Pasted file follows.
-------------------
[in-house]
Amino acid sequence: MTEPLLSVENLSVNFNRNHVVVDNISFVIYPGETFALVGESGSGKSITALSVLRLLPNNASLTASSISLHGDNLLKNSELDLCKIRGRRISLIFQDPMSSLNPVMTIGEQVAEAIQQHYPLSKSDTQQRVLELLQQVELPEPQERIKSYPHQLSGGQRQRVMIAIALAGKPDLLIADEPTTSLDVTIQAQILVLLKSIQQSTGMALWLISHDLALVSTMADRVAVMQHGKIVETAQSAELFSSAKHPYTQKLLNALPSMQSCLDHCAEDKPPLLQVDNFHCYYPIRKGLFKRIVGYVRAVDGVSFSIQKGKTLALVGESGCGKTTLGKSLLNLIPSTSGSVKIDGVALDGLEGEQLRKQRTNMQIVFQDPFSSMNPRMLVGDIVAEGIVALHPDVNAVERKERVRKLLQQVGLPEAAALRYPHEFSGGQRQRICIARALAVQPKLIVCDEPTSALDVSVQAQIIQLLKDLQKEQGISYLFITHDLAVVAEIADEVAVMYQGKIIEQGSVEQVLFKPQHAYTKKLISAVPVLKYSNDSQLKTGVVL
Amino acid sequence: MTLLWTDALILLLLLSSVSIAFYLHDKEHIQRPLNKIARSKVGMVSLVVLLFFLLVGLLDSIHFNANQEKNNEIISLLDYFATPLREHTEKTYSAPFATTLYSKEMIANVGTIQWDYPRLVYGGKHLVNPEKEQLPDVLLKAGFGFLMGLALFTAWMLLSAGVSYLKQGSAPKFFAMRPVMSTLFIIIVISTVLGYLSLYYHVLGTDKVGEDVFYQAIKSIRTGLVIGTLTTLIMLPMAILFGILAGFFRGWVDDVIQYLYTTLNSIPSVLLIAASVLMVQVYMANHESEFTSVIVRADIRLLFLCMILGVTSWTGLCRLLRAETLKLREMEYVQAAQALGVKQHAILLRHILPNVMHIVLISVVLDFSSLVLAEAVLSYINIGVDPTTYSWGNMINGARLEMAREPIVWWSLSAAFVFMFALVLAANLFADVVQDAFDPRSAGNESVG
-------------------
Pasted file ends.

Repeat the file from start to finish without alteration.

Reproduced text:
[in-house]
Amino acid sequence: MTEPLLSVENLSVNFNRNHVVVDNISFVIYPGETFALVGESGSGKSITALSVLRLLPNNASLTASSISLHGDNLLKNSELDLCKIRGRRISLIFQDPMSSLNPVMTIGEQVAEAIQQHYPLSKSDTQQRVLELLQQVELPEPQERIKSYPHQLSGGQRQRVMIAIALAGKPDLLIADEPTTSLDVTIQAQILVLLKSIQQSTGMALWLISHDLALVSTMADRVAVMQHGKIVETAQSAELFSSAKHPYTQKLLNALPSMQSCLDHCAEDKPPLLQVDNFHCYYPIRKGLFKRIVGYVRAVDGVSFSIQKGKTLALVGESGCGKTTLGKSLLNLIPSTSGSVKIDGVALDGLEGEQLRKQRTNMQIVFQDPFSSMNPRMLVGDIVAEGIVALHPDVNAVERKERVRKLLQQVGLPEAAALRYPHEFSGGQRQRICIARALAVQPKLIVCDEPTSALDVSVQAQIIQLLKDLQKEQGISYLFITHDLAVVAEIADEVAVMYQGKIIEQGSVEQVLFKPQHAYTKKLISAVPVLKYSNDSQLKTGVVL
Amino acid sequence: MTLLWTDALILLLLLSSVSIAFYLHDKEHIQRPLNKIARSKVGMVSLVVLLFFLLVGLLDSIHFNANQEKNNEIISLLDYFATPLREHTEKTYSAPFATTLYSKEMIANVGTIQWDYPRLVYGGKHLVNPEKEQLPDVLLKAGFGFLMGLALFTAWMLLSAGVSYLKQGSAPKFFAMRPVMSTLFIIIVISTVLGYLSLYYHVLGTDKVGEDVFYQAIKSIRTGLVIGTLTTLIMLPMAILFGILAGFFRGWVDDVIQYLYTTLNSIPSVLLIAASVLMVQVYMANHESEFTSVIVRADIRLLFLCMILGVTSWTGLCRLLRAETLKLREMEYVQAAQALGVKQHAILLRHILPNVMHIVLISVVLDFSSLVLAEAVLSYINIGVDPTTYSWGNMINGARLEMAREPIVWWSLSAAFVFMFALVLAANLFADVVQDAFDPRSAGNESVG